Cultural History (20 credits) - You'll be introduced to some social and cultural formations underscoring the history of ‘the West’ since the period known as the Enlightenment. It invites you to engage with history from a cultural perspective, develop a 'sense of history' and reflect on what might be understood as ‘historical consciousness’. We draw on historical events, developments and concepts to interrogate some of the ideological and political assumptions informing modernity and postmodernity. Using a wide variety of materials, you’ll also consider how race, ethnicity, class, gender and sexuality have been figured and represented since the Enlightenment.
Methods in Practice: Art-Historical Research (20 credits) - This module builds core skills through a focused critical engagement with methods in art-historical research. Combining detailed reflection on the concerns and approaches of key art historians with work-in-progress explorations of the development of live research, this module equips you to build your own projects with a strong sense of the resources and choices open to us, and of the discipline of Art History as an inclusive, dynamic space to be developed though the questions that matter now.
Origins, Structures, and Critique: Framing the Discipline of Art History (20 credits) - This module interrogates the history and legacies of the discipline of Art History, with a view to a critical reflection on what art history can do in the world we face today. We explore the distinct formation of Art History as a discipline rooted both in historical or antiquarian studies and in philosophical aesthetics, while also reflecting on its complex entanglements with discourses of nationalism and racial hierarchies and other more or less hidden structures of power. This module equips you to deal critically and reflexively with complex and often difficult legacies and to understand transformative potential of the discipline.
Expanding Fields of Display, Institutions, and Engagement (20 credits) - This module builds on your engagement with critical, socially aware questions of display, institutions, and expanded practices of curating. Setting out key skills and intellectual frameworks grounded both in historical study and contemporary practices, it enables the development of a strong, reflexive approach to research on the varied ways in which art is encountered, and the complex and nuanced relations between such encounters and artworks’ effects and meanings.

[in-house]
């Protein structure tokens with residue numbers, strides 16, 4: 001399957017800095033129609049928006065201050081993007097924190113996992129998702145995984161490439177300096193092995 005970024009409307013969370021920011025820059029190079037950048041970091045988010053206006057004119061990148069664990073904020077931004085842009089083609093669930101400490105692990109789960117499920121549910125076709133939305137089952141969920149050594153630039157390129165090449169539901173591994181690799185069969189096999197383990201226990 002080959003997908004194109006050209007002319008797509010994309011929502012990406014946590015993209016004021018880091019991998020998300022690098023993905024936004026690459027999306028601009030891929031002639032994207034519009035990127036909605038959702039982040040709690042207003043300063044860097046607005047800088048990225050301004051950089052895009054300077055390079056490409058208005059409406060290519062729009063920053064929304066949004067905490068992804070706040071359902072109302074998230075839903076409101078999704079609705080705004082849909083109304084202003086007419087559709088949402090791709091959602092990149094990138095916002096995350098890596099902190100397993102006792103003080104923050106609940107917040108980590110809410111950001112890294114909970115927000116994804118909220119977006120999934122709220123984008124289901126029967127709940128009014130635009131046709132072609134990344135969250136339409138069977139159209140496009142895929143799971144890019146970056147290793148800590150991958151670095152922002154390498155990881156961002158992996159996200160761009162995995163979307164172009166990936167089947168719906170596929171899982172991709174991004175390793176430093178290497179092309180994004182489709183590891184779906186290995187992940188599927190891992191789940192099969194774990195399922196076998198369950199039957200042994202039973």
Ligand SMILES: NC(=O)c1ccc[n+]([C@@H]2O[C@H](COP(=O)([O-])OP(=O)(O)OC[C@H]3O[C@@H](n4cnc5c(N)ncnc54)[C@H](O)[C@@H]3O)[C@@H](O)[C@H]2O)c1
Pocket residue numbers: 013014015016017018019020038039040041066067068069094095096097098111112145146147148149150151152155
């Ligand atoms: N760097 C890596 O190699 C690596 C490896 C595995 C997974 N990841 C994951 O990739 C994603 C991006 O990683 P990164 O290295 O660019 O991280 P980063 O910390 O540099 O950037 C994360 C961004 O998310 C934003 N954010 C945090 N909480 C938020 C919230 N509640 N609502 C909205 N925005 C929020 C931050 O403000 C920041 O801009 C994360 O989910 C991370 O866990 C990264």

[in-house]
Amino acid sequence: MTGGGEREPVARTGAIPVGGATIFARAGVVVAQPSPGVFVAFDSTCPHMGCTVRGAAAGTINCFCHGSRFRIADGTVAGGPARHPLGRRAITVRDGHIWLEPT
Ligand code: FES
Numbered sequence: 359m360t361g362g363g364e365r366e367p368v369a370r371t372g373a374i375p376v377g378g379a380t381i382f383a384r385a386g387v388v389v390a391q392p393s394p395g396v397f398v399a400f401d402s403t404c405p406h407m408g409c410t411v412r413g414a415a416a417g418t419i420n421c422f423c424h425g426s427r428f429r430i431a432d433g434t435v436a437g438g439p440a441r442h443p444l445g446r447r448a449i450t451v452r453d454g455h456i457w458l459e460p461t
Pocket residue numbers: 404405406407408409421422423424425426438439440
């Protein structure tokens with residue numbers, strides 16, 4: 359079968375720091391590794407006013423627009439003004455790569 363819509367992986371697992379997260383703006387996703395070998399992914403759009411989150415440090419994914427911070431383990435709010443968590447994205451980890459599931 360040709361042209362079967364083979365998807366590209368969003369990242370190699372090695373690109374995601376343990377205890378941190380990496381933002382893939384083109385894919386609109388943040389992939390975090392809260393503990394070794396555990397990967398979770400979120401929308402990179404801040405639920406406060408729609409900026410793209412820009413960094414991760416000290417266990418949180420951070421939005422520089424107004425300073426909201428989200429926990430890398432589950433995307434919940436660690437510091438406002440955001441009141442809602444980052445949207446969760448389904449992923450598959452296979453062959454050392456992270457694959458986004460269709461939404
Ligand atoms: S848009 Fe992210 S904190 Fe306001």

The New York School (20 credits) - You’ll examine aspects of the shift of the metropolitan centre of the avant garde from Paris to New York at the end of the 1930s, the art and art criticism associated with it, and the ways that art and art criticism was developed, contradicted and transcended in the post war period 1947-1958/9. Artists considered will include Pollock, Rauschenberg, Johns, Louis, Noland, Kaprow, Stella, Rothko, Barnett- Newman, Reinhardt, Frankenthaler, amongst others. The idea of the Cold War, contemporary politics, formalist theory and contemporary debates on the nature of 'American Art' will provide the context for your understanding of the practices and reception of such artists.
Cinema and Culture (20 credits) - You’ll comparatively examine specific films and their remake(s). This approach enables us to note cultural, social and technological shifts over time, to discuss the possibilities and challenges of transnational remakes and to consider wider questions of inter-, para- and metatextuality in 20th century cinema and our postcinematic age. You’ll engage with relevant discourses and make detailed analyses of screenings, readings and terminologies. The module also dedicates time to develop your writing and presentation skills. Techniques and strategies of how to construct a focused argument, find appropriate literature and read a film closely will be explicitly addressed and practiced in this module.
Seeing in Asia (20 credits) - Are there fundamental differences between the ways you see familiar objects and those from Asia? Are there ways in which the power and meanings of 'seeing' change in an Asian context, so that even though we are 'seeing' the same object, we understand the object differently? How do cultural and historical values and standards shape the act of seeing and how we interpret images? By engaging with wide-ranging historical and cultural examples drawn from a range of specialities from art to science, this module addresses the age-old problem of ‘nature’ versus ‘nurture’ through the perspective of Asian Culture.
Variant Modernism (20 credits) - Narrative histories of English Art in the 20th century have tended to imply a succession of movements of varying 'modernity'. You’ll look at the different definitions of 'modern' or 'contemporary' art at different historical moments in 20th century England to the present day, as well as studying the underlying critical ideologies. This module will make particular use of the notable collections of Leeds City Art Gallery and the University Collections to understand museological collecting and display policies.